Quantities and demand for the printed conference proceedings have
decreased substantially for most educational events. In fact, the quest
for the “paperless
meeting” seems to
goal for most conference planners. Cost is a primary driving factor for
this change, but other factors such as the ease of distribution and the
type of content itself (scholarly
papers being replaced by with slide
presentations) are strong influencers to this online strategy.
Let’s start with large bound printed conference binders. These are
sometimes being replaced with the individually printed handouts being
distributed in each session room. However,
in most cases, the printed
proceedings (and/or other educational handouts or recorded sessions)
along with the program/agenda are put into an online approach.
materials provide associations many options to control access to this
portal making it an attendee only offering, or opening it up to the
greater public… something
they couldn’t do with print. Many associations
are seeing the year-over-year proceedings archive as an opportunity to
provide its members a year round resource. Other associations
this conference content as part of their marketing and membership
strategies to be more discoverable by search engines as well as offering
different access models (some
of which are a revenue source). One
example is the Transportation Research Board who is taking their annual
meeting materials which consists of 2,250 technical papers and 3,500
oral and poster presentations, and creating a multi-year archive which
attendees can access for free and the greater public can use for a fee.
Associations are also
offering attendees the option of purchasing printed conference
proceedings at the time of registration. In the context of the average
attendee spending up to
$2,000 to attend an event, an additional $20 for
the printed proceedings seems reasonable and more fitting for a society
that is used to having a multitude of choices.
The printed program may
more commonly be used at the conference when attendees are reading the
session details and organizing their daily schedules. However, this
piece is beginning to face pressures from the online/mobile
strategy where attendees can use their smartphones to access their
itineraries and program information.
In the end, there is no
one way solution. The combination of print and online is critical to the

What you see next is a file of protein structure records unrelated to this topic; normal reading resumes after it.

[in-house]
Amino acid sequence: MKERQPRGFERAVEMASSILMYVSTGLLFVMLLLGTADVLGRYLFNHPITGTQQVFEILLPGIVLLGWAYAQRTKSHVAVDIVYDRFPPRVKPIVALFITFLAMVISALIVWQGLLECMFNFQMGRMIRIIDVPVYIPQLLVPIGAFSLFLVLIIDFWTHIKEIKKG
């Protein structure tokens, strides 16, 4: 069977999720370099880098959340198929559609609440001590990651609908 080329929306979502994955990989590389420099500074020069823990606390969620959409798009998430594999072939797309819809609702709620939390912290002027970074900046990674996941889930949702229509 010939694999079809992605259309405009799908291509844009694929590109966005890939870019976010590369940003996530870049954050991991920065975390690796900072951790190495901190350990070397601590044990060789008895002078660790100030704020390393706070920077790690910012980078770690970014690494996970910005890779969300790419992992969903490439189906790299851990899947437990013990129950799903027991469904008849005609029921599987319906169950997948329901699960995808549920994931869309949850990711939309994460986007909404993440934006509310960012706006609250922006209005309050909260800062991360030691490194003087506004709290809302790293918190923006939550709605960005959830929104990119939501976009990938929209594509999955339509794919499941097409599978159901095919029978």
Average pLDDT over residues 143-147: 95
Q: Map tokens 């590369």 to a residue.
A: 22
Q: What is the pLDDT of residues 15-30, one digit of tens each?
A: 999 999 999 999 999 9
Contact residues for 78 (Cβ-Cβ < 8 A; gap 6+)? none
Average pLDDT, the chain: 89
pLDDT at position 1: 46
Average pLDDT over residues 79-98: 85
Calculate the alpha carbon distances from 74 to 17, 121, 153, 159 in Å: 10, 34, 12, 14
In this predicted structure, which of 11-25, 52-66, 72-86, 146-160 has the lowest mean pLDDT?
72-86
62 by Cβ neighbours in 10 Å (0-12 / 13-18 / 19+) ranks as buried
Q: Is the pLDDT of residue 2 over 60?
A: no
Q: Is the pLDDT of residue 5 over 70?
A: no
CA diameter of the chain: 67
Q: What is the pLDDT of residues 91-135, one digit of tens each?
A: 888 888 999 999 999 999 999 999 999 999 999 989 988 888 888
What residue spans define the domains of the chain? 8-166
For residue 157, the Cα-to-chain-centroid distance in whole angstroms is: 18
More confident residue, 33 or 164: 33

attendee experience. Whether attendees are at home, in the office or at
providing multiple formats allows them to consume
content when and how they want it. Issues traditionally associated with
printing should not prevent the production of printed content
if this is
the most preferred format. And likewise, associations may need to be
thinking bigger than just putting this year’s session handouts online.
publication” means something different to each association.
Associations may produce journals, or several titles consisting
of resource manuals and reference guides. The traditional model
for printing and providing these publications is changing too.
Print on demand and e-versions of publications have folded into
the mix creating more options and more complexities for those
managing their publications.
When printing resource manuals and reference guides, most associations
produce large volumes to take advantage of lower per unit cost, and to
replenish store inventory
for anticipated future orders. This printing
model has been followed for many years. Today, associations are using
print on demand options to carry smaller inventories.
Even though the
cost per unit is increased, the overall print cost is less as unwanted,
outdated inventory does not need to be disposed of.
To reduce costs and meet the demand for online content, some
associations have begun distributing journal content using online
magazine solutions: a great way to increase
increasing print and shipping costs. Like conference materials, the
opportunity for reaching a new audience, lowering costs and being able
to track usage is a big advantage for e-publications. However the
printed journal is not completely eliminated since there are members who
prefer a printed copy over an online version. But this
reduction in the
circulation quantities has a positive impact on the bottom-line.
Publications used as reference guides might be better suited to an
online Knowledge Center, where members can access publication content in
a central online association
content repository. Online Knowledge